Note: The following article is based on a reflection exercise faculty members participated in at Poynter Institute’s Teaching Diversity Across the Curriculum conference last week in St. Petersburg, Fla. In small groups, we went to Listening Posts across the city, where we were instructed to observe a culture unlike our own. Dennis, Kym, Earnest and I went to Cho Lon Oriental Market and Mekong Vietnamese Restaurant on 34th Street.
If I were to use one word to describe what I saw and heard today, it would be juxtaposition. There was Trang brand coffee sitting next to the Café du Monde chicory coffee on the shelf in the Cho Lon Oriental Market. A TV showed the Vietnamese version of a telenovella, complete with Vietnamese subtitles, in the corner of Mekong Vietnamese Restaurant, right next door.
We saw something in the refrigerated section that intrigued us. It was something spiky, about the size of a spaghetti squash, in a mesh bag. Kym asked the proprietor what it was. The fruit was durian. It tastes wonderful, but it stinks, he warned us. He even told us of a hotel he went to that warned guests not to bring this fruit into the building. Kym was bold and bought some of the packaged stinky-fruit cookies on the shelf.
Do you want Edible Beef Blood? Try the frozen food section. Dried Black Fungus? That would be in aisle one next to the rice noodles. Pocky? Now, Pocky was something I’d heard of. That’s in the cookie and candy aisle.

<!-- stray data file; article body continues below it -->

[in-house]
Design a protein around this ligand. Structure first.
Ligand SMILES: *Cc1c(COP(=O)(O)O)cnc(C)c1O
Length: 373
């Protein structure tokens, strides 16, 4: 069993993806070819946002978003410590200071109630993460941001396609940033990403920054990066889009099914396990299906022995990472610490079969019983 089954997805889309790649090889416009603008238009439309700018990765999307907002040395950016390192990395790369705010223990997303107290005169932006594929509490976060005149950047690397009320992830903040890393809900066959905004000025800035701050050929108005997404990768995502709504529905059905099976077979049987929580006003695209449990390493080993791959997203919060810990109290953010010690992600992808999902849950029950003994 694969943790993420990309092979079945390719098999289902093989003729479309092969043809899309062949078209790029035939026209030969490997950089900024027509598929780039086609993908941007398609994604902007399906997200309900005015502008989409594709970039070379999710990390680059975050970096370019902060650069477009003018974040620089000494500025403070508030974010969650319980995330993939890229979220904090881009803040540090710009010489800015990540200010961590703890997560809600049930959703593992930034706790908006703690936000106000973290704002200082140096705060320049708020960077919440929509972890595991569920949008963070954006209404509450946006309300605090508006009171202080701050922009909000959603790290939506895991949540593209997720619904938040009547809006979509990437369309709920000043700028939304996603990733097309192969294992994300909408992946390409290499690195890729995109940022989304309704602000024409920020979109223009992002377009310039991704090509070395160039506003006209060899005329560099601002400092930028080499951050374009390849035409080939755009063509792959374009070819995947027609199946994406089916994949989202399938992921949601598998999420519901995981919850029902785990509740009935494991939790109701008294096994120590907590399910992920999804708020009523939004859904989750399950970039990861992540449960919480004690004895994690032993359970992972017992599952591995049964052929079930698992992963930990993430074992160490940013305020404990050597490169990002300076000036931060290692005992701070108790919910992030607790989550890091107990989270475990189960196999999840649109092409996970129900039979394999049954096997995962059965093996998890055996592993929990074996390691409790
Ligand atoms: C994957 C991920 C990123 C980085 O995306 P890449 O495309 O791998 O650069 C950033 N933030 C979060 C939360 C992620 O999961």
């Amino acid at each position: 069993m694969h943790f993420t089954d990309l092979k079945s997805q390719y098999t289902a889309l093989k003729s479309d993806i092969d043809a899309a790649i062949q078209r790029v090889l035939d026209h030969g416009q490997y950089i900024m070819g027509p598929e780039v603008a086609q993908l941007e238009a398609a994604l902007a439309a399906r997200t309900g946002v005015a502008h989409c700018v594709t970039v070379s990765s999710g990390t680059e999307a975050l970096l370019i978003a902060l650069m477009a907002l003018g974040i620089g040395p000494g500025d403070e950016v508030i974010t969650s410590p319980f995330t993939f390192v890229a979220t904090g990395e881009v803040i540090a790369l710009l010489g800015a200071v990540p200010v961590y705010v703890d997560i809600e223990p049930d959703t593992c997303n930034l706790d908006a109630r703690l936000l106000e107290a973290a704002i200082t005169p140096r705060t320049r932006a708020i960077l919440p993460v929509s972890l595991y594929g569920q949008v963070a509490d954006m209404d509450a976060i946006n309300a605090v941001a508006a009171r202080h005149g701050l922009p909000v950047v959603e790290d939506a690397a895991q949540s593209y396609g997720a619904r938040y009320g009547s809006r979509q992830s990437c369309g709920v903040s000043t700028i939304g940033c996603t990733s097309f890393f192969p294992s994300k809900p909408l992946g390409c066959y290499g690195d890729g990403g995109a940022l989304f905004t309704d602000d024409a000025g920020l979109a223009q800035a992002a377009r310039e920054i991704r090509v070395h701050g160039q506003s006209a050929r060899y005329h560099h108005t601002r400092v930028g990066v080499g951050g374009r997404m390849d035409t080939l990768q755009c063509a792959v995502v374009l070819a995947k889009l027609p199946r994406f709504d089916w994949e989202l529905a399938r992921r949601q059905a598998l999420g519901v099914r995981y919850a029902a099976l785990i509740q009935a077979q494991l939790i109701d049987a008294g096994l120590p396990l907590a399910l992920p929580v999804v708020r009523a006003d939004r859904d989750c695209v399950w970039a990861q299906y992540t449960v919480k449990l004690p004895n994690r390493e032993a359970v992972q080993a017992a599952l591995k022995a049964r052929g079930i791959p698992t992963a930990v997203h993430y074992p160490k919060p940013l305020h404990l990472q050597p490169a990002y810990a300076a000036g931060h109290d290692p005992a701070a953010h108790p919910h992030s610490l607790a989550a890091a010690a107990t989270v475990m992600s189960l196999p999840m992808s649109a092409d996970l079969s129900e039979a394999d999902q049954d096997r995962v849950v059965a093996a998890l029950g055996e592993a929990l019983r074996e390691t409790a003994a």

In the restaurant, our friendly and helpful server had bleached blond spiky hair, pierced ears and multiple tattoos. Dennis and Earnest changed their initial orders based on our server’s recommendations after we started ordering. I tried the Hot and Sour Soup; it was sweet and spicy, and tasted quite a bit different from the soup of the same name at many Chinese restaurants. I think the lemongrass added a different flavor; I liked it a lot.
A couple came into Mekong with their toddler. “Would you like a high chair?” the server asked. “No, a booster seat would be fine,” was the reply. They ordered lunch. It came with scissors on the plate. As I got up to leave, I felt compelled to talk with them. “What kind of food did you order that needs scissors?” I asked. Both the husband and the wife laughed. “It’s to cut up the noodles for our son.” As I walked away from the table, I realized why they needed scissors. No knives are served with a meal in a Vietnamese (or any other Asian) restaurant.
Next time you’re in St. Petersburg, I’d definitely recommend stopping by Cho Lon Oriental Market and Mekong Vietnamese Restaurant on 34th Street. Take your time while you’re there and get to know the people. You’ll be glad you did.